A Cincinnati family is facing criticism for allowing their six-year-old son to run in a marathon. Rainier Crawford joined his parents and five siblings for the 26.2-mile Flying Pig Marathon last weekend.
Crawford's dad, Ben, shared photos from the race on Instagram, keeping people updated on their progress. He described how the young boy struggled near the end of the race, especially when they discovered that a table that handed out snacks to runners had closed.
"On the marathon course, Rainier knew they usually hand out Pringles around mile 20. He was struggling physically and wanted to take a break and sit every three minutes. After 7 hours, we finally got to mile 20 and only to find an abandoned table and empty boxes. He was crying and we were moving slow so I told him I'd buy him two sleeves if he kept moving. I had to promise him another sleeve to get him in the family pic at the finish line," Ben wrote on Instagram.
After eight hours and 35 minutes, the entire family finished the marathon and crossed the finish line together.
As the Instagram post went viral, many people thought it was dangerous to allow such a young child to run a grueling 26.2-mile race.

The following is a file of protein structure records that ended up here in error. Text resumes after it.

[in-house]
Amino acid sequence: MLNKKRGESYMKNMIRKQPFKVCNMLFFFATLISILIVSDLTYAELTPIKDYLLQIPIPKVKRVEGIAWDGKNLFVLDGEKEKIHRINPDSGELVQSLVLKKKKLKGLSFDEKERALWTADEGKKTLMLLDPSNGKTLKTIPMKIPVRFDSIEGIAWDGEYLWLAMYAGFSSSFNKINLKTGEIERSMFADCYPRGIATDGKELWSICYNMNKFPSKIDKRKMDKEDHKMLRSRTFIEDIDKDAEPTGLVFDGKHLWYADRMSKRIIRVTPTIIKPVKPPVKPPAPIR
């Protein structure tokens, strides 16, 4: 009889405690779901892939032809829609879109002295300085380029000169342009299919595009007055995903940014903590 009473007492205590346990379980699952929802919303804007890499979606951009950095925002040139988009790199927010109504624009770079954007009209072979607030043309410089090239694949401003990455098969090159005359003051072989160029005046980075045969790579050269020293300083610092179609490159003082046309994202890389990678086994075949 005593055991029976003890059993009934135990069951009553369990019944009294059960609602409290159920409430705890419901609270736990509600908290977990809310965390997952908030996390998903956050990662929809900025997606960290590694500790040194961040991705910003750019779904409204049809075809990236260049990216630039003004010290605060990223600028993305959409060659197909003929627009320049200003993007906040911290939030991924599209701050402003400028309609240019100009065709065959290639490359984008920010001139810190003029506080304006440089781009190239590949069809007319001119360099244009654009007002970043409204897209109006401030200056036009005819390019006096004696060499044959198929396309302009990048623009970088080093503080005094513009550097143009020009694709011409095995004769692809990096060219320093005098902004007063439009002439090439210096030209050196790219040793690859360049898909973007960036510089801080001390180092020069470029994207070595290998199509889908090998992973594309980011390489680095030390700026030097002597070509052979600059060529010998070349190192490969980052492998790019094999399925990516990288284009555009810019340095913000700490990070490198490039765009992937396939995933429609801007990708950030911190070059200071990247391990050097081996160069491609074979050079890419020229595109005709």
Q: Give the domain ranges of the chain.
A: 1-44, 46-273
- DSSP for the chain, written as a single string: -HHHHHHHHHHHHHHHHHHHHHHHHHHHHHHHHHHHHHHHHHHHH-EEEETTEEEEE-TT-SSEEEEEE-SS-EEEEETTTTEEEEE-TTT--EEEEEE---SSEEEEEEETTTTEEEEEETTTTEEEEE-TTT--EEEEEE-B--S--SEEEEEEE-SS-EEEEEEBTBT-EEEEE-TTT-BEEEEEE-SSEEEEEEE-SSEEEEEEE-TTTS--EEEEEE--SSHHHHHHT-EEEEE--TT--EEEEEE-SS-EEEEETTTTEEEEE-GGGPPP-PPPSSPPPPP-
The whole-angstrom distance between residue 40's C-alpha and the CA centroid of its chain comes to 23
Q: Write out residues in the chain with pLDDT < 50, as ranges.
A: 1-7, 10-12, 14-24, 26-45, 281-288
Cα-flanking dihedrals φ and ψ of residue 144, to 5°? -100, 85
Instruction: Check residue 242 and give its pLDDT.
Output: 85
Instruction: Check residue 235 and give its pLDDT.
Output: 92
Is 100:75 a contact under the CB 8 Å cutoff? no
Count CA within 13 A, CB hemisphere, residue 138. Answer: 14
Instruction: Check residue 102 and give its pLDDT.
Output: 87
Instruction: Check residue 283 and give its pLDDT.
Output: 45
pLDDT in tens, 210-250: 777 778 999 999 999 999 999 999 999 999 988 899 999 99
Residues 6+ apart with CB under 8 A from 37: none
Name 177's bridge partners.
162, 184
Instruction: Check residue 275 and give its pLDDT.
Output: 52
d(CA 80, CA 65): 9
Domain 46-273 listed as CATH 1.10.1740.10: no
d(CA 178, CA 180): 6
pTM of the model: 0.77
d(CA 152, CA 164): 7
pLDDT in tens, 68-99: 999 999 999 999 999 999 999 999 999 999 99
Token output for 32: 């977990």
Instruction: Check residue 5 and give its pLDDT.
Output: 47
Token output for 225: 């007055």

"I don't know who needs to hear this but a six year old cannot fathom what a marathon will do to them physically. A six year old does not understand what embracing misery is. A six year who is "struggling physically" does not realize they have the right to stop and should," two-time Olympian and long-distance runner Kara Goucher wrote on Twitter.
Race organizers defended their decision to allow the young boy to race, claiming they knew the family would let Rainier join them no matter what. Iris Simpson Bush, a spokesperson for the Flying Pig Marathon, wrote an open letter explaining they wanted to ensure they could "offer protection and support if they were on our course."
"Our decision was intended for some amount of safety and protection for the child. The family finished the race after the formal closure of the course," Bush said, noting that the race will no longer allow exemptions for runners under the age of 18.
The Crawford family defended their decision, speaking to Good Morning America.
"I have watched him grow, and I've talked to him and made sure this is actually something he really wants to do and then made sure that he had all the support he needs and that he could quit anytime," Kami Crawford, Rainier's mom, said. "I never wanted him to feel like he has to do this."
"We really care about our kids' emotional and physical health. But we also care about their agency and if they want to do something, and we, you know, assess the risks and figure out if it's OK," she added.